Next stop:  Overturning the stupid rule that prevents gay and bisexual men from donating blood.  Oh, you thought I was going to say marriage.  Sillies!  Gay marriage is a political-cultural war.  We can do it, but you know what’s even easier?  Convincing the FDA that scientific evidence  shows that specific, sensitive HIV-tests are currently on the market (p24, NAT, RNA viral load), and that the risk of false-negatives could be very, very low if we chose to use these as standard screening.  And if that don’t stop ‘em, convincing them that healthy gay men who don’t participate in country-hopping, needle-swapping, prostitution should be allowed to give every ounce as much as straight men.  Aaaaand barring that, to apply the same 12-month restriction on donation that straight men who engage in unprotected anal sex with a prostitute are under.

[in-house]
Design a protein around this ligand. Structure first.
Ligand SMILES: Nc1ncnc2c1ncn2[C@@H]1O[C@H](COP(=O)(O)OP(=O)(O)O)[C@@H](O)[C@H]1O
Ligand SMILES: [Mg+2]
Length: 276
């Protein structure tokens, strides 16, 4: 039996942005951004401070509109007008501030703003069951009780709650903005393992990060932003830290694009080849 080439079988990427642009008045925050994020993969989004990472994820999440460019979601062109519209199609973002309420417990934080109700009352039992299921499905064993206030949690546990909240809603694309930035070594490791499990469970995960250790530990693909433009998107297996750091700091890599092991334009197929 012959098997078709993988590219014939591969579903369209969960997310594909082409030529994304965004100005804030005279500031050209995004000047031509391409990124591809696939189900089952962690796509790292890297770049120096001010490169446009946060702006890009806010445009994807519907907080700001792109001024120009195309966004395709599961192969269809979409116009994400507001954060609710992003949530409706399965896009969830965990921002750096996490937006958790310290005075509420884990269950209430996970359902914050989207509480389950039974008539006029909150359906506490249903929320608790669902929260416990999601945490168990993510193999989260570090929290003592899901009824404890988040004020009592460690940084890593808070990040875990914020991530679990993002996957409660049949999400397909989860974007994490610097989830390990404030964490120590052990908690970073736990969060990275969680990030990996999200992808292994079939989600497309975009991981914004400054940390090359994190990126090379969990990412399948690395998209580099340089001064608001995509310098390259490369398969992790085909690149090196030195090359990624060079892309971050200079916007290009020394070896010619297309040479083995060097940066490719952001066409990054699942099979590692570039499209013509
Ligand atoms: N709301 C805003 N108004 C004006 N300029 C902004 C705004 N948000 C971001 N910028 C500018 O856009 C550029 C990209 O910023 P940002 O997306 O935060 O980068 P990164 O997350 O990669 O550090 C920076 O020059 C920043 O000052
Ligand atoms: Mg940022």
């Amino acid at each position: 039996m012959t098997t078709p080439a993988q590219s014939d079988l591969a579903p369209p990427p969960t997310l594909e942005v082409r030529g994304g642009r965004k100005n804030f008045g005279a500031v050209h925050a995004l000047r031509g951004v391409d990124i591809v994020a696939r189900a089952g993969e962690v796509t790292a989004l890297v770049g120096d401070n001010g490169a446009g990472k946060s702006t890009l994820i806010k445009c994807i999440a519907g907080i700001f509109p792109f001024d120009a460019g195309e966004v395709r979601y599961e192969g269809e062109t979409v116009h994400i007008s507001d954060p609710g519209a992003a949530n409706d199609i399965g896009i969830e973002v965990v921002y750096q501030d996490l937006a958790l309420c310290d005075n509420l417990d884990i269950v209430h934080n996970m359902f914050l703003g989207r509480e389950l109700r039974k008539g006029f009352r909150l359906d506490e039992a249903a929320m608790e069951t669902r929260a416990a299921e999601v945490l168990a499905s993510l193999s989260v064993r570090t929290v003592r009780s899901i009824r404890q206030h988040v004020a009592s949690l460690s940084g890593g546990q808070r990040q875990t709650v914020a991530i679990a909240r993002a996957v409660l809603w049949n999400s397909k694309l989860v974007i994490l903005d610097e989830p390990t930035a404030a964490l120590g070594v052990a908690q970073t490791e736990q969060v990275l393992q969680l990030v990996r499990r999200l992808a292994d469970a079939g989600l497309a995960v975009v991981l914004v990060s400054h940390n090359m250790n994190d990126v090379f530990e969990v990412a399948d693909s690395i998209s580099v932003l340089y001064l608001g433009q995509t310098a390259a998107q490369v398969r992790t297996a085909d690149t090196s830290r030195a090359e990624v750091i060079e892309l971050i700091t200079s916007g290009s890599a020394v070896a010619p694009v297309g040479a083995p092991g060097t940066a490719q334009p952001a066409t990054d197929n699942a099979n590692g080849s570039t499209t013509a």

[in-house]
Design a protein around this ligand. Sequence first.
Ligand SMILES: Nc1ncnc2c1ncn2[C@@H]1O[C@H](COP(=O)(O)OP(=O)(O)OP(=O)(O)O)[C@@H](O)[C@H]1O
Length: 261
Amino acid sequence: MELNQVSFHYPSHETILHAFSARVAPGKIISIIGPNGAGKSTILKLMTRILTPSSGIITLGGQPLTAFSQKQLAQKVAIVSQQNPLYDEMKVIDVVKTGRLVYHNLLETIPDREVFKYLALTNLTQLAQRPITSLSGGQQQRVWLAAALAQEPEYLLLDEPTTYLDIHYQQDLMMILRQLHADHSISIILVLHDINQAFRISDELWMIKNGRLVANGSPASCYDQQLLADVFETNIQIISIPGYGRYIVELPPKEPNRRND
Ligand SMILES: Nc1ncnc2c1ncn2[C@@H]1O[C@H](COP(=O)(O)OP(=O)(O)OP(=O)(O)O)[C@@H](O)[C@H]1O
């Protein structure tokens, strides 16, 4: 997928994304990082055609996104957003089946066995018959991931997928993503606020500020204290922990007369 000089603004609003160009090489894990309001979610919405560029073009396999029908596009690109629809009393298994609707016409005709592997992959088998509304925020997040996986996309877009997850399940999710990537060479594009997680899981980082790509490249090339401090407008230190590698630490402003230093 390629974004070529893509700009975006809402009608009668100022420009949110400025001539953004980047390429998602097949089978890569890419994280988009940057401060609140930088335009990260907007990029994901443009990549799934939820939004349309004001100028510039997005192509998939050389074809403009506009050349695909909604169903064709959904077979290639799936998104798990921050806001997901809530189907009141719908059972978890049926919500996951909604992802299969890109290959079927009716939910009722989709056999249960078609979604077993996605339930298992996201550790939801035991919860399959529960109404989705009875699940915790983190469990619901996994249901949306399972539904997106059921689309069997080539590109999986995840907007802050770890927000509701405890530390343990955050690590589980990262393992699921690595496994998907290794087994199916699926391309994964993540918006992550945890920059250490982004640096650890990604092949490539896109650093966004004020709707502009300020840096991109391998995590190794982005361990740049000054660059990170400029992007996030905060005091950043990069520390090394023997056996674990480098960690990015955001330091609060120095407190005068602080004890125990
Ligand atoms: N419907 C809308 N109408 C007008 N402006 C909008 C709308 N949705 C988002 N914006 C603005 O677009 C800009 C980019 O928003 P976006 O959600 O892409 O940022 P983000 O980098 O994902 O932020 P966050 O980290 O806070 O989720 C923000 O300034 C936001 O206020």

Ugh!  I just went googled “Why can’t gay men” and this is what autofill popped up.  See?  Inquiring minds want to know!  Let’s GO, FDA!

Humanist reflections

November 16, 2010

These videos have made me feel all sentimental, inspired, and humanist-y.

Resistance to allowing gay service members to serve openly is one of those things that I just cannot wrap my head around.  Jeff Shang’s Don’t Ask, Don’t Tell exhibit contains photographs of closeted men and women who are serving in the military under DADT.  The photos and the subjects are beautiful, heartbreaking and haunting.

I followed that up with Science Saved My Soul by philhellenes, which I found over at Attempts at Rational Behavior.  The beginning of this video will take your breath away; the images of the night sky and the universe, the well-delivered script describing the beauty, the horror and the immense magnitude of the universe, and the music are all beautiful.